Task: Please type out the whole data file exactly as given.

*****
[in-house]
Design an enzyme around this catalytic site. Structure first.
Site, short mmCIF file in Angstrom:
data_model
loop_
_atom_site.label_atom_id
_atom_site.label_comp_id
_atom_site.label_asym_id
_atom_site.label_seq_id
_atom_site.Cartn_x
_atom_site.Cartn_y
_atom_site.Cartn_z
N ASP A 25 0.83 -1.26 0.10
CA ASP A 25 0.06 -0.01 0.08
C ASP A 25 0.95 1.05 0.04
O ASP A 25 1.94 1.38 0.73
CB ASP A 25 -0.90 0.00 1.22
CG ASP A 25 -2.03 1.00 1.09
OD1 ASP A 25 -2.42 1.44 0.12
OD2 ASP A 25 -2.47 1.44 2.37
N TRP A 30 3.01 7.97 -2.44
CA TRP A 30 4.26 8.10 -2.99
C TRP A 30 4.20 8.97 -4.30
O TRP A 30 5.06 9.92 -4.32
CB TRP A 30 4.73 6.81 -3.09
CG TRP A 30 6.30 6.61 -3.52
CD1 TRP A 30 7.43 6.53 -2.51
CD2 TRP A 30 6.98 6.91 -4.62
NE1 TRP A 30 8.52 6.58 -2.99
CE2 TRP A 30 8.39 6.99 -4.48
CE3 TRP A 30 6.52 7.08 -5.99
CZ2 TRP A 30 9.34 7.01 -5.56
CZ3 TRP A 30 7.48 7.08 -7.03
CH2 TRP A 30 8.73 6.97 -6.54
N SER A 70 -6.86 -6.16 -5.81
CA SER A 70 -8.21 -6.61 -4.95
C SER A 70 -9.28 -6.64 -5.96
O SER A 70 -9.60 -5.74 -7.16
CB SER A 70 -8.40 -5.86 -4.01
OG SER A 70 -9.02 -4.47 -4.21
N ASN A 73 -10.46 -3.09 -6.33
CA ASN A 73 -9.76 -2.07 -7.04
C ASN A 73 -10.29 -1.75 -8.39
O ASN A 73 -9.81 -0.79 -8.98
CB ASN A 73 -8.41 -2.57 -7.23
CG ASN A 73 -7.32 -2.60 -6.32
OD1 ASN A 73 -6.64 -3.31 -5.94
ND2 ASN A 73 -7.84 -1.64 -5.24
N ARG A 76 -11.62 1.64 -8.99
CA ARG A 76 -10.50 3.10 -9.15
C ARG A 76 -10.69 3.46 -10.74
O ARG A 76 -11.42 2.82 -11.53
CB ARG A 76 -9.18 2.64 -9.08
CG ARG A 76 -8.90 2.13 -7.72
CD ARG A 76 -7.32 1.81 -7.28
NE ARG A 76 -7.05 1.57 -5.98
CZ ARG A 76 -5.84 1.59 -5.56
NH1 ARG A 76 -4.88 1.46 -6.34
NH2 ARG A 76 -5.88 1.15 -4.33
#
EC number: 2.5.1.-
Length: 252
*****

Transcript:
[in-house]
Design an enzyme around this catalytic site. Structure first.
Site, short mmCIF file in Angstrom:
data_model
loop_
_atom_site.label_atom_id
_atom_site.label_comp_id
_atom_site.label_asym_id
_atom_site.label_seq_id
_atom_site.Cartn_x
_atom_site.Cartn_y
_atom_site.Cartn_z
N ASP A 25 0.83 -1.26 0.10
CA ASP A 25 0.06 -0.01 0.08
C ASP A 25 0.95 1.05 0.04
O ASP A 25 1.94 1.38 0.73
CB ASP A 25 -0.90 0.00 1.22
CG ASP A 25 -2.03 1.00 1.09
OD1 ASP A 25 -2.42 1.44 0.12
OD2 ASP A 25 -2.47 1.44 2.37
N TRP A 30 3.01 7.97 -2.44
CA TRP A 30 4.26 8.10 -2.99
C TRP A 30 4.20 8.97 -4.30
O TRP A 30 5.06 9.92 -4.32
CB TRP A 30 4.73 6.81 -3.09
CG TRP A 30 6.30 6.61 -3.52
CD1 TRP A 30 7.43 6.53 -2.51
CD2 TRP A 30 6.98 6.91 -4.62
NE1 TRP A 30 8.52 6.58 -2.99
CE2 TRP A 30 8.39 6.99 -4.48
CE3 TRP A 30 6.52 7.08 -5.99
CZ2 TRP A 30 9.34 7.01 -5.56
CZ3 TRP A 30 7.48 7.08 -7.03
CH2 TRP A 30 8.73 6.97 -6.54
N SER A 70 -6.86 -6.16 -5.81
CA SER A 70 -8.21 -6.61 -4.95
C SER A 70 -9.28 -6.64 -5.96
O SER A 70 -9.60 -5.74 -7.16
CB SER A 70 -8.40 -5.86 -4.01
OG SER A 70 -9.02 -4.47 -4.21
N ASN A 73 -10.46 -3.09 -6.33
CA ASN A 73 -9.76 -2.07 -7.04
C ASN A 73 -10.29 -1.75 -8.39
O ASN A 73 -9.81 -0.79 -8.98
CB ASN A 73 -8.41 -2.57 -7.23
CG ASN A 73 -7.32 -2.60 -6.32
OD1 ASN A 73 -6.64 -3.31 -5.94
ND2 ASN A 73 -7.84 -1.64 -5.24
N ARG A 76 -11.62 1.64 -8.99
CA ARG A 76 -10.50 3.10 -9.15
C ARG A 76 -10.69 3.46 -10.74
O ARG A 76 -11.42 2.82 -11.53
CB ARG A 76 -9.18 2.64 -9.08
CG ARG A 76 -8.90 2.13 -7.72
CD ARG A 76 -7.32 1.81 -7.28
NE ARG A 76 -7.05 1.57 -5.98
CZ ARG A 76 -5.84 1.59 -5.56
NH1 ARG A 76 -4.88 1.46 -6.34
NH2 ARG A 76 -5.88 1.15 -4.33
#
EC number: 2.5.1.-
Length: 252